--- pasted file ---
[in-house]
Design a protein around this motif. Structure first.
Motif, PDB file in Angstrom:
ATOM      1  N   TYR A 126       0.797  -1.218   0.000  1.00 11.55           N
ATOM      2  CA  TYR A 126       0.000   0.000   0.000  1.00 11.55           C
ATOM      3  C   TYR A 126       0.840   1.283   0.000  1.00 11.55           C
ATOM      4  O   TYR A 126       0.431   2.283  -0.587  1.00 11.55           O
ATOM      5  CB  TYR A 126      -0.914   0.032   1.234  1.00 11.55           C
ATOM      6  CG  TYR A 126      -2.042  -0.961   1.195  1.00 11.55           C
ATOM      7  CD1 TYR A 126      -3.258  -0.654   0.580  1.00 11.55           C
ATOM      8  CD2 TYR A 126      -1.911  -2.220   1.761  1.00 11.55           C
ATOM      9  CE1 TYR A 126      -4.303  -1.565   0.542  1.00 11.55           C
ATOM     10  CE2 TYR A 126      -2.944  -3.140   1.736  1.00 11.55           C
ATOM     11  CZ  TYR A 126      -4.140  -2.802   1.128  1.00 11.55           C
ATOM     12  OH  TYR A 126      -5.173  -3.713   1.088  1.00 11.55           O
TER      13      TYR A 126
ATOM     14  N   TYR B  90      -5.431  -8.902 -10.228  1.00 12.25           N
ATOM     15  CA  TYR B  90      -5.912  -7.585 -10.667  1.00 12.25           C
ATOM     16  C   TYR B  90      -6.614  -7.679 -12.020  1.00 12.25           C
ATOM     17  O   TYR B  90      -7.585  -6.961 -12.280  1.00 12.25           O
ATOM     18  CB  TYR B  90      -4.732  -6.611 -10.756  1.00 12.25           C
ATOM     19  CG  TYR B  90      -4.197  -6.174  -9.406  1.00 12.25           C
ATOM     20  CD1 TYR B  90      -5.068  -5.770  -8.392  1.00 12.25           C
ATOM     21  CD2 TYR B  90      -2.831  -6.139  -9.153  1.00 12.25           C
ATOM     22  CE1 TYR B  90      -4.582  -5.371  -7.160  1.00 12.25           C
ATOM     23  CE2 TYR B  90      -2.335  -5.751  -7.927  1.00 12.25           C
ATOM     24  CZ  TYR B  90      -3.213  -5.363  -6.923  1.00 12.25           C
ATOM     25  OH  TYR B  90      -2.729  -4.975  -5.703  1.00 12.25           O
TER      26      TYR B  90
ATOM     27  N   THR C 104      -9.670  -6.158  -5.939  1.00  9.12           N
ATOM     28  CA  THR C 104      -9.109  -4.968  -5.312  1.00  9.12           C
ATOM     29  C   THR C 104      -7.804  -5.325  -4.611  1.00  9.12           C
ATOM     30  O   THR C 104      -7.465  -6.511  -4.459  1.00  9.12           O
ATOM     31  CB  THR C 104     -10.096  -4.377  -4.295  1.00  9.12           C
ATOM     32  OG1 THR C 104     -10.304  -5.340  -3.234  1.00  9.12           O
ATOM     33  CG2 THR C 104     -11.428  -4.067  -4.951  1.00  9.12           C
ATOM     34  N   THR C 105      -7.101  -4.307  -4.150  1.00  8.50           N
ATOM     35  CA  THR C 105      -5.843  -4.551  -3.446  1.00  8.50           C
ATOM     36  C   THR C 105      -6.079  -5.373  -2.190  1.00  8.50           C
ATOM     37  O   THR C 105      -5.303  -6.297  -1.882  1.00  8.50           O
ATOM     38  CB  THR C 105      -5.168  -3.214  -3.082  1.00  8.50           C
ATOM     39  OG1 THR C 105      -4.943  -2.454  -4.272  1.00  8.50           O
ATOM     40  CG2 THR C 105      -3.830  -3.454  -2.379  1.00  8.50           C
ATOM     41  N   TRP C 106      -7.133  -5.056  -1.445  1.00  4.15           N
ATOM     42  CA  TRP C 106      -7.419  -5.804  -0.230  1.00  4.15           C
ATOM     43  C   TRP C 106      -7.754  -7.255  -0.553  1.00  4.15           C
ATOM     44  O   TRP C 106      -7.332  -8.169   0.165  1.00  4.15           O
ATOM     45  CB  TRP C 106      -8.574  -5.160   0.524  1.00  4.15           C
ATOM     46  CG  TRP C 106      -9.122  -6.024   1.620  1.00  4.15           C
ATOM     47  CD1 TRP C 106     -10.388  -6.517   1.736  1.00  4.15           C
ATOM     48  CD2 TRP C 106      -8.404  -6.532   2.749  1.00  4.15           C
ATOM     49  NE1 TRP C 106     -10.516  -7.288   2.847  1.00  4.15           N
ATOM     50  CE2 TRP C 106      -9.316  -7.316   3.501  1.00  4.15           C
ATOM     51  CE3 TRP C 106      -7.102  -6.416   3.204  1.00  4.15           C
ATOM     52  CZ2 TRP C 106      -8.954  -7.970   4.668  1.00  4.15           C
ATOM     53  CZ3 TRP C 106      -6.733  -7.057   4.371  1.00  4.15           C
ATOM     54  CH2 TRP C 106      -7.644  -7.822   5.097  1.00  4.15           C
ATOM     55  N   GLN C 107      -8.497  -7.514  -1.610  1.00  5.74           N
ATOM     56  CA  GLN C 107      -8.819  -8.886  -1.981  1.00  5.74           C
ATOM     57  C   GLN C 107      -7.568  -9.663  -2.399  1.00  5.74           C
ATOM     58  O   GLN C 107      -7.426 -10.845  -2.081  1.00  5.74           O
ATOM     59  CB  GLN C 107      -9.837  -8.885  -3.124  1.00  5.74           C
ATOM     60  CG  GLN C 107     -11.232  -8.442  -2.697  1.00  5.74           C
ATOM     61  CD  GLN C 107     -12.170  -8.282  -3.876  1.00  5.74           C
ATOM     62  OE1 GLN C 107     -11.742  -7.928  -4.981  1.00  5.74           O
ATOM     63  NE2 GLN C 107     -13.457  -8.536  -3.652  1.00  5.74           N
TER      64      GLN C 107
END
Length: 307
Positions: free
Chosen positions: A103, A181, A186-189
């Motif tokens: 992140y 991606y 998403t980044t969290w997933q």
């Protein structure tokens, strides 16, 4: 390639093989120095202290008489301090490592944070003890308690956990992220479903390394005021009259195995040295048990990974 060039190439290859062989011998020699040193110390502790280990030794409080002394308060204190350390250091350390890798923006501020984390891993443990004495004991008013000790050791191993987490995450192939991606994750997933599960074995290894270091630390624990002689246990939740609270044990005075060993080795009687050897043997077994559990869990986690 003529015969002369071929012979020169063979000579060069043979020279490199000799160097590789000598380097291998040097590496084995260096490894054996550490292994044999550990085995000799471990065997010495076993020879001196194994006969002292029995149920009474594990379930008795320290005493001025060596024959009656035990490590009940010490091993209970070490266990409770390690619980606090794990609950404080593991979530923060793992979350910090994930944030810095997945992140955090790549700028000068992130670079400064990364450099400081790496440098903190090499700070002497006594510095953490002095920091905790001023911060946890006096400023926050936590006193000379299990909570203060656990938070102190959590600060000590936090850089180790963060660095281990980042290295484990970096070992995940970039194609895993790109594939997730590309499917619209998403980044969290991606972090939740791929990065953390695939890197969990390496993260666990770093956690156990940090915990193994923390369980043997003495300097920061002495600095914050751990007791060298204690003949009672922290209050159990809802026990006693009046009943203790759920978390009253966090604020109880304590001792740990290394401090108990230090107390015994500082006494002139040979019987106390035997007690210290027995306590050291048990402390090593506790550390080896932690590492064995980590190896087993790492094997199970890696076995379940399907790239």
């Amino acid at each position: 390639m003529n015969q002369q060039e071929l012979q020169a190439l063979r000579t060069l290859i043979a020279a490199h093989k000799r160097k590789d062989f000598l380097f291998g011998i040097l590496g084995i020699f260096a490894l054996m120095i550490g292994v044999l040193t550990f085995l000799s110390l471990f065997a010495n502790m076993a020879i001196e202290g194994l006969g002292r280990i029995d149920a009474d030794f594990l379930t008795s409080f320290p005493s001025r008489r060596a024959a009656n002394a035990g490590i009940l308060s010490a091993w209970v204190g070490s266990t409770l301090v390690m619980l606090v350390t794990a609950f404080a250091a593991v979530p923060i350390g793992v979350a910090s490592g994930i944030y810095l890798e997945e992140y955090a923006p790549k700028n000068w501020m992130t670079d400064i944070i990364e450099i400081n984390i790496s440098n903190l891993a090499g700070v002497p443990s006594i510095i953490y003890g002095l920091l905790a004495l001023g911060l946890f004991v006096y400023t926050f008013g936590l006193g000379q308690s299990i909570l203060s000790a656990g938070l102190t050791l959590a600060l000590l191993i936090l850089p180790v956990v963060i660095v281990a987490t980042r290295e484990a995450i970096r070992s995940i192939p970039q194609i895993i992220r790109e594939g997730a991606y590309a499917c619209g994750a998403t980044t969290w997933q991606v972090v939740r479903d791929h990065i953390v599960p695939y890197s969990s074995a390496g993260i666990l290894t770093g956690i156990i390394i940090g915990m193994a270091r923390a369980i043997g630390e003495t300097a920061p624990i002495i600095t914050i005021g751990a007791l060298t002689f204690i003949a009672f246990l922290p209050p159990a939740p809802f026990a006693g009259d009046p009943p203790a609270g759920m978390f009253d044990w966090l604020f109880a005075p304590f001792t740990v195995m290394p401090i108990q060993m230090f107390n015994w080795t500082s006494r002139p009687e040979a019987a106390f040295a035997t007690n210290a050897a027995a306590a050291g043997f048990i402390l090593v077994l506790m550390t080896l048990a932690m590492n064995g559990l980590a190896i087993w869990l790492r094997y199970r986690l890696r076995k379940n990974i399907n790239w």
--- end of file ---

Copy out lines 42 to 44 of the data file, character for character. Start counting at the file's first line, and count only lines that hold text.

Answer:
ATOM     39  OG1 THR C 105      -4.943  -2.454  -4.272  1.00  8.50           O
ATOM     40  CG2 THR C 105      -3.830  -3.454  -2.379  1.00  8.50           C
ATOM     41  N   TRP C 106      -7.133  -5.056  -1.445  1.00  4.15           N